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Fantasy Life Review

Fantasy Life

Release: 24/10/2014
Publisher: Nintendo
Developer: Brownie Brown
Genre: Nintendo 3DS Reviews, Role-playing
PEGI: 10+
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OUR SCORE

Excellent About Rating
           
 
9.5 - Gameplay
           
 
9.0 - Video
          
 
9.0 - Audio
          
 

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Fantasy Life Review

Fantasy Life really is a fantasy. But it’s a good fantasy, and one that will take up a lot of your time. It is not everyday you get to swap between 12 different occupations, ranging from fighting to crafting to gathering, but in this charming and addictive title from Level-5, you can. Although the game struggles with some pacing issues throughout, the overall charm and depth of the game makes the smaller issues seem unimportant, making Fantasy Life one of my personal 3DS Game of the Year nominations. 

Depth to the Max 

There is so much to do in Fantasy Life, it almost becomes a problem. Should you complete the story – 10 hours in total if you wish to complete it – or perhaps try to accomplish some side quests? Or, try out a new life? That’s Fantasy Life in a nutshell. Real life is hectic, fantasy life is hectic. There is always something to do or places to discover. If you do venture exclusively through the story, you will potentially miss half of the Fantasy Life world!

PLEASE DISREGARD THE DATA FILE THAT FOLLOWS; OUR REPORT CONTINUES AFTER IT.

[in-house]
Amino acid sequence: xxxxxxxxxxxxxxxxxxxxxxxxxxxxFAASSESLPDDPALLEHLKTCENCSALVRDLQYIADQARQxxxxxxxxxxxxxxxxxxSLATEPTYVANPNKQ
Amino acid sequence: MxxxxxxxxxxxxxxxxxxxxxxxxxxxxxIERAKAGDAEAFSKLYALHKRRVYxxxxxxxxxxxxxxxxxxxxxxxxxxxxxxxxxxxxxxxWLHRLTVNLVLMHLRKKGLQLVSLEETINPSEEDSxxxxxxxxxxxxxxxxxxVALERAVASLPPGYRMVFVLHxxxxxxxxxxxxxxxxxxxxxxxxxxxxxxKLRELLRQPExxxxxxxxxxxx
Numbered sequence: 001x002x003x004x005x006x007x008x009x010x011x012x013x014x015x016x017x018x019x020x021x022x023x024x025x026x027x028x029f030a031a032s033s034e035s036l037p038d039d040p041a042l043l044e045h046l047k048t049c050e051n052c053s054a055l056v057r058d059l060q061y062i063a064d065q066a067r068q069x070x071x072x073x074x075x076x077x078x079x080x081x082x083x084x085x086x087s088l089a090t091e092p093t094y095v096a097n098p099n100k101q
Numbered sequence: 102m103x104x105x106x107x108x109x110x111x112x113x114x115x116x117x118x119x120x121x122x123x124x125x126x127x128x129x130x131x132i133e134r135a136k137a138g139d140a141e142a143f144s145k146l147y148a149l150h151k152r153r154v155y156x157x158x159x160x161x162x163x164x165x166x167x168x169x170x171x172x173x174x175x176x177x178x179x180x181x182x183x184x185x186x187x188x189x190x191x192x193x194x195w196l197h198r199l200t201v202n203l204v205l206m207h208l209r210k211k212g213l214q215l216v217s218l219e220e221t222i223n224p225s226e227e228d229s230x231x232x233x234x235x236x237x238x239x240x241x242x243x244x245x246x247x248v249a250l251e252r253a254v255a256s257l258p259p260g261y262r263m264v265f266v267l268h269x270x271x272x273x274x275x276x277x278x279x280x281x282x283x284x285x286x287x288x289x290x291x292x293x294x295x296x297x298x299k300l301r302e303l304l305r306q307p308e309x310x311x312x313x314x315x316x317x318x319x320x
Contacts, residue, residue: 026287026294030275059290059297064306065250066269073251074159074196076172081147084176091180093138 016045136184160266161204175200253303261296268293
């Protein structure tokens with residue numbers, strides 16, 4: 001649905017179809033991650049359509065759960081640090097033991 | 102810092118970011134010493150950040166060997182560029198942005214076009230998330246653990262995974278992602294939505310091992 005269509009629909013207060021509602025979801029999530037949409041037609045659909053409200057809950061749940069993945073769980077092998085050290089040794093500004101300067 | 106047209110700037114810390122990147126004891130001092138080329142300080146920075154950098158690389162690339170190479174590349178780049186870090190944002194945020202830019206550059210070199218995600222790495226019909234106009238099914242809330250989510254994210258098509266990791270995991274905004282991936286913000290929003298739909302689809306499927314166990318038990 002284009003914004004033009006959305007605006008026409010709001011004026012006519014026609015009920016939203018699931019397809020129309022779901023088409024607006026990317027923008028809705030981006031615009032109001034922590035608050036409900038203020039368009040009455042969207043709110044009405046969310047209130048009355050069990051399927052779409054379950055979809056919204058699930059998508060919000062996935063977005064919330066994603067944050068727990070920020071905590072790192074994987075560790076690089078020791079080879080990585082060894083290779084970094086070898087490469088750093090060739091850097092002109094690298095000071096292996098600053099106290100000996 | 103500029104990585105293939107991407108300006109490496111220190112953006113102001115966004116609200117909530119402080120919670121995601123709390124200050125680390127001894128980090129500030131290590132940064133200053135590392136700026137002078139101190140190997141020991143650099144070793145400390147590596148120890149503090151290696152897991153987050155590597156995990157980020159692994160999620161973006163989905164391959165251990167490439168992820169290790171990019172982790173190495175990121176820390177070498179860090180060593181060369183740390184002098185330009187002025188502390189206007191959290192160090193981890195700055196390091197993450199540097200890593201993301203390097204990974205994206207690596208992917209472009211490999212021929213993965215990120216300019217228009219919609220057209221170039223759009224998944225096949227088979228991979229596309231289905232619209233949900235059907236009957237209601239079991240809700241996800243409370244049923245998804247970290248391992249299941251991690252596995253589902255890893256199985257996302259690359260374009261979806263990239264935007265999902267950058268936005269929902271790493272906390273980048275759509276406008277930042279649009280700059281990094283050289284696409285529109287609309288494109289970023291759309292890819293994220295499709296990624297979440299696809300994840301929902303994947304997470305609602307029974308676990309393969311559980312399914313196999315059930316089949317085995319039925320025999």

I could have played as a Hunter, Mercenary, Wizard, Miner, Woodcutter, Angler, Cook, Blacksmith, Carpenter, Tailor, or Alchemist

The combative instincts in me made me choose the Paladin class to start the game. Alternatively, I could have played as a Hunter, Mercenary, Wizard, Miner, Woodcutter, Angler, Cook, Blacksmith, Carpenter, Tailor, or Alchemist. There are no shortage of options, and perhaps of them all, I picked the worst to begin with. 

Before I touch on the few minor issues, it’s important to describe what’s going on in Fantasy Life. To sum it up, it’s a little bit of Harvest Moon and Rune Factory, with a mixture of charm, incredible music, and an endless to-do-list. It is a to-do-list that is full of repetitive tasks; despite their repetitive nature, however, each and every fetch quest or crafting request comes to a satisfying end: another satisfied villager, extra Dosh – money – in your pocket, a potentially rare item, and being one step closer to that next level or Bliss reward. 

 

 

Bliss? Leveling Up? Different Classes? It all sounds confusing, but the game does a great job of introducing each, which is partially the reason for why the game is slow off the hop. While Bliss – hearts awarded for completing the quests given by your trusty butterfly sidekick – rewards are nice,  leveling up is key to progression; when you do, you earn skill points that can be attributed to a number of skills, Initially, I was worried that each Life would upgrade on it’s own, but was excited to see that the leveling is continues across every life, and skills are not limited to one particular Life.